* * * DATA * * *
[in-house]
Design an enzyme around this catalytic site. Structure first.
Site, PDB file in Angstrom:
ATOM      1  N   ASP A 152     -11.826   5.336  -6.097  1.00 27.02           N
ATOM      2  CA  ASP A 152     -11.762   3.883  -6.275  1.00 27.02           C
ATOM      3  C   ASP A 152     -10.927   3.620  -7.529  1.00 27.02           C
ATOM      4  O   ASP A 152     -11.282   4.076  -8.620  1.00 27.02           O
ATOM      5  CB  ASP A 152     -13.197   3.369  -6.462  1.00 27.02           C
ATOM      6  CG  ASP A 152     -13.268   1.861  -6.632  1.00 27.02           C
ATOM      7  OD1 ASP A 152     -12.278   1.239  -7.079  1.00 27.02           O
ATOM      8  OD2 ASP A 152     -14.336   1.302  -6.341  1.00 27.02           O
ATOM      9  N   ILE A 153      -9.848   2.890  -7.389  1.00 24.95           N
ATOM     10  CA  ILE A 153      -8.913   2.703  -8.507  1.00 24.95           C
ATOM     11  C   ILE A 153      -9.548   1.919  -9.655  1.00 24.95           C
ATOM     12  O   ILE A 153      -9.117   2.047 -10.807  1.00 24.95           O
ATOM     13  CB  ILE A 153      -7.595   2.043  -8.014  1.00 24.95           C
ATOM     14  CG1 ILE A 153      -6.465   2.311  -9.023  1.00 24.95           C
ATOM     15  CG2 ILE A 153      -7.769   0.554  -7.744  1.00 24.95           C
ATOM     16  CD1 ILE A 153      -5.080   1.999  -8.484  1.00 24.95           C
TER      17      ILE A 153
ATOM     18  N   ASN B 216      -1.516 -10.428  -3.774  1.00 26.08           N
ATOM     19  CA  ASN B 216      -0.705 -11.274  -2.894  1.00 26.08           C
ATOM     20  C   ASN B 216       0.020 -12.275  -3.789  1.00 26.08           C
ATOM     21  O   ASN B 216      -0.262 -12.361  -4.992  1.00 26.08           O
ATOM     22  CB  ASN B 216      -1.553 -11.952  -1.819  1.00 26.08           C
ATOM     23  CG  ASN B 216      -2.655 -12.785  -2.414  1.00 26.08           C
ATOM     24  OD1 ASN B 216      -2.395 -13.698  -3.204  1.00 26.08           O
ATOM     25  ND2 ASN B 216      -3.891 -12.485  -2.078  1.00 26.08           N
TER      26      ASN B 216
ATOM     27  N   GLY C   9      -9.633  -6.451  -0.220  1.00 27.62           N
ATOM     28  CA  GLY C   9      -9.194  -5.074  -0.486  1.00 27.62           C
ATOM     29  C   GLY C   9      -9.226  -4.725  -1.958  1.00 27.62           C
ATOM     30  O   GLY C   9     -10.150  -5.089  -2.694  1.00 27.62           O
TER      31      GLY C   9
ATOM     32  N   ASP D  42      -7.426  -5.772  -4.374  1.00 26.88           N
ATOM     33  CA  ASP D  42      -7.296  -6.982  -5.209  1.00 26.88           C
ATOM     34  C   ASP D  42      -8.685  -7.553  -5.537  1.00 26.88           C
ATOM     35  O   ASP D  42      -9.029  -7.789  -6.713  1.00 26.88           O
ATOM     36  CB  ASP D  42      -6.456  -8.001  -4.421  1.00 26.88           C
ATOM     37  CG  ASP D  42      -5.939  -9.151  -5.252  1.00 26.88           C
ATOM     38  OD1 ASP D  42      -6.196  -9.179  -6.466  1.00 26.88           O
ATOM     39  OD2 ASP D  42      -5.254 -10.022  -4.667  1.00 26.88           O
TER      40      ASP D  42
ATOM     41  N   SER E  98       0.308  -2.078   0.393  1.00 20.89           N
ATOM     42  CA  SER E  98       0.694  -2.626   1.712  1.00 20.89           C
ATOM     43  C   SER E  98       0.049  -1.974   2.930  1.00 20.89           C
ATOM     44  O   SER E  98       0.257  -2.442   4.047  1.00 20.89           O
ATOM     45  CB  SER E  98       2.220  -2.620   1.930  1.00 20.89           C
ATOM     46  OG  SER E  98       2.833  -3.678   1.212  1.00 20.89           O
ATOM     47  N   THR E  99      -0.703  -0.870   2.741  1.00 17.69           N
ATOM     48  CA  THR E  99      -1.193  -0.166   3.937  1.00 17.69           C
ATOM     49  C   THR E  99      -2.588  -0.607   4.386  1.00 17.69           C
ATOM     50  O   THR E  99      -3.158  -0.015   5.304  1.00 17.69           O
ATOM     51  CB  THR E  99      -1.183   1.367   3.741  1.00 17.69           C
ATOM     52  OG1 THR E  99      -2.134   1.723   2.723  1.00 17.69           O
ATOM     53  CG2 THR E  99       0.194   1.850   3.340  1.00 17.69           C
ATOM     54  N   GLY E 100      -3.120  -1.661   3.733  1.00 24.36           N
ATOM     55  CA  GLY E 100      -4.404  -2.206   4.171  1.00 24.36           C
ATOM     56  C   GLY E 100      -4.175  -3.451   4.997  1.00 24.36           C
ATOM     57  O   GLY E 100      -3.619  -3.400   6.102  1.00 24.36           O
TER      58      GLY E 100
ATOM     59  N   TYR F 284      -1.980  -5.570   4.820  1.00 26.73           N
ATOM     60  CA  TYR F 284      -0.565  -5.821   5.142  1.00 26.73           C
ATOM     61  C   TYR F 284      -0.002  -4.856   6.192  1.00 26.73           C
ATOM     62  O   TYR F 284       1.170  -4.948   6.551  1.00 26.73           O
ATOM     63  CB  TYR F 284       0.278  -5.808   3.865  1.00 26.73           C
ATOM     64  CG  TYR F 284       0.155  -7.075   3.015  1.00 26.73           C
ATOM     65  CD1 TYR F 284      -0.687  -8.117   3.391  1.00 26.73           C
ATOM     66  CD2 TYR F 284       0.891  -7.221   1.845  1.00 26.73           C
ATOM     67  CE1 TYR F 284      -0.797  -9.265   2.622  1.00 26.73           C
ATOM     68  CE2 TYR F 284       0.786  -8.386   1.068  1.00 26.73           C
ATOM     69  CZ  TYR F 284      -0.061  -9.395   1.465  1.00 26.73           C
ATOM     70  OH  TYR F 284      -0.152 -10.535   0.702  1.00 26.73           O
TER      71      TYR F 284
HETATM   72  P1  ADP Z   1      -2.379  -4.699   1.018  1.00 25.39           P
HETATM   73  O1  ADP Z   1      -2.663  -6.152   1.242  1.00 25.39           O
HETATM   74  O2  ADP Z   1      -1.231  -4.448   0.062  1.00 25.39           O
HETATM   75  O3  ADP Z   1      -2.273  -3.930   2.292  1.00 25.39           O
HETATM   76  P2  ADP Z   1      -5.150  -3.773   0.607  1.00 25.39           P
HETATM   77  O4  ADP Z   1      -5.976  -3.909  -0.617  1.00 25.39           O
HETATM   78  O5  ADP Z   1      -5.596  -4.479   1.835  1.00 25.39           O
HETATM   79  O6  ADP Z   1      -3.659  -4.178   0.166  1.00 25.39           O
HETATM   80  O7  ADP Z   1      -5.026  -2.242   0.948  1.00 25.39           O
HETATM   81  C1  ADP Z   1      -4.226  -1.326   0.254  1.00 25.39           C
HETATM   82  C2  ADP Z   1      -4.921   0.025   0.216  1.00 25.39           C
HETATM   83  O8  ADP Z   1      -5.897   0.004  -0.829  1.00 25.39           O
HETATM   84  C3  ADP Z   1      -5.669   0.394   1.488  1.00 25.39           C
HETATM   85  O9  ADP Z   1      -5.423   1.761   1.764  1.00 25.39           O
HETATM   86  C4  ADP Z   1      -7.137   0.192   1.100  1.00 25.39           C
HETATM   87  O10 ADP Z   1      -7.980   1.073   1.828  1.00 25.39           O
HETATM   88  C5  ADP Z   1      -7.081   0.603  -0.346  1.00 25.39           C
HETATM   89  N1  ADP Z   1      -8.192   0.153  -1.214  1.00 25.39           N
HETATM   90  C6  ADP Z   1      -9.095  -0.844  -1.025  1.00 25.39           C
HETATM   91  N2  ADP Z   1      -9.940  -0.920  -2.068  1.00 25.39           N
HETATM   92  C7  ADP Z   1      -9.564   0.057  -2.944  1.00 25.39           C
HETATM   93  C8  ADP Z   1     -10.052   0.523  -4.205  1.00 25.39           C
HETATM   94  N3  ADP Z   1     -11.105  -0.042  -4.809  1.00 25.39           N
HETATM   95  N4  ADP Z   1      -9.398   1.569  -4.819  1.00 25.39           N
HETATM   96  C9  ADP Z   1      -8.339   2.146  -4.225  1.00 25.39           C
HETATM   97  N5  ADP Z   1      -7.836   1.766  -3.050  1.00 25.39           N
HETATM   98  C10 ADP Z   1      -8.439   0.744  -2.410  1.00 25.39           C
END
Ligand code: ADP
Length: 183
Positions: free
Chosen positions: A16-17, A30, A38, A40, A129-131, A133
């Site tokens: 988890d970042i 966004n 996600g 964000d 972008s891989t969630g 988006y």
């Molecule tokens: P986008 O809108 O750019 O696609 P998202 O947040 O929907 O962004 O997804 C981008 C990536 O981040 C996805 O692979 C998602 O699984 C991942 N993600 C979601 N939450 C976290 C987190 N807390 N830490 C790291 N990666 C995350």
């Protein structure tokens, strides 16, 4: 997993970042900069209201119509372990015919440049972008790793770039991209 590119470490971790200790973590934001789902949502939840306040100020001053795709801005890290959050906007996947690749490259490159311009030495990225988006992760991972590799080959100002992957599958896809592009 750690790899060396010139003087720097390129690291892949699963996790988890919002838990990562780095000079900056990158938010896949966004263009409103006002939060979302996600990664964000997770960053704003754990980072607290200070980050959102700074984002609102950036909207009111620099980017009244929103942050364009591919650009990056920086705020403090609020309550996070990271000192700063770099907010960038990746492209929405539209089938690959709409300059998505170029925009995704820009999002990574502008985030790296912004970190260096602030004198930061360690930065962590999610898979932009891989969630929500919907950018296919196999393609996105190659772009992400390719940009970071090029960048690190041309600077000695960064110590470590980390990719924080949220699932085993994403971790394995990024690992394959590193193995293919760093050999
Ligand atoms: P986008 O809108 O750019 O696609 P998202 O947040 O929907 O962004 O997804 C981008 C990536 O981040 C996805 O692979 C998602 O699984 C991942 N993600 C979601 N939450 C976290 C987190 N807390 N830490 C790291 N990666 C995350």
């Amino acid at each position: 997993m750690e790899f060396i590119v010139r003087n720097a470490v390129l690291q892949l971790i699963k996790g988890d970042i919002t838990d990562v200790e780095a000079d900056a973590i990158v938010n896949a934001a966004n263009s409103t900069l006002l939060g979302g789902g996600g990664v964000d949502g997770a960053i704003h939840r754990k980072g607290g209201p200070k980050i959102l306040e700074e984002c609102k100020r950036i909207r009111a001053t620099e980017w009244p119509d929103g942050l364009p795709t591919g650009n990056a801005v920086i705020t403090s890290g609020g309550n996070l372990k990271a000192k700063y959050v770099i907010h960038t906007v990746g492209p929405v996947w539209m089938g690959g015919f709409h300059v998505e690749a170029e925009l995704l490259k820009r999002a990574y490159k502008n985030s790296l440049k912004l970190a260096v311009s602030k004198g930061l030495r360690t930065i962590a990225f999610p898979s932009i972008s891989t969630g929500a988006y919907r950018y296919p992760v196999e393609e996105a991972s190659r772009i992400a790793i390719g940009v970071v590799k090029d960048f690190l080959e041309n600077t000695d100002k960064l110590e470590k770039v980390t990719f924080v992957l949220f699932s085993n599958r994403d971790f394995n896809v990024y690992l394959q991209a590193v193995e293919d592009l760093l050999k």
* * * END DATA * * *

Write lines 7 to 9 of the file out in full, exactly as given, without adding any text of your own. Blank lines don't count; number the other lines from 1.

ATOM      4  O   ASP A 152     -11.282   4.076  -8.620  1.00 27.02           O
ATOM      5  CB  ASP A 152     -13.197   3.369  -6.462  1.00 27.02           C
ATOM      6  CG  ASP A 152     -13.268   1.861  -6.632  1.00 27.02           C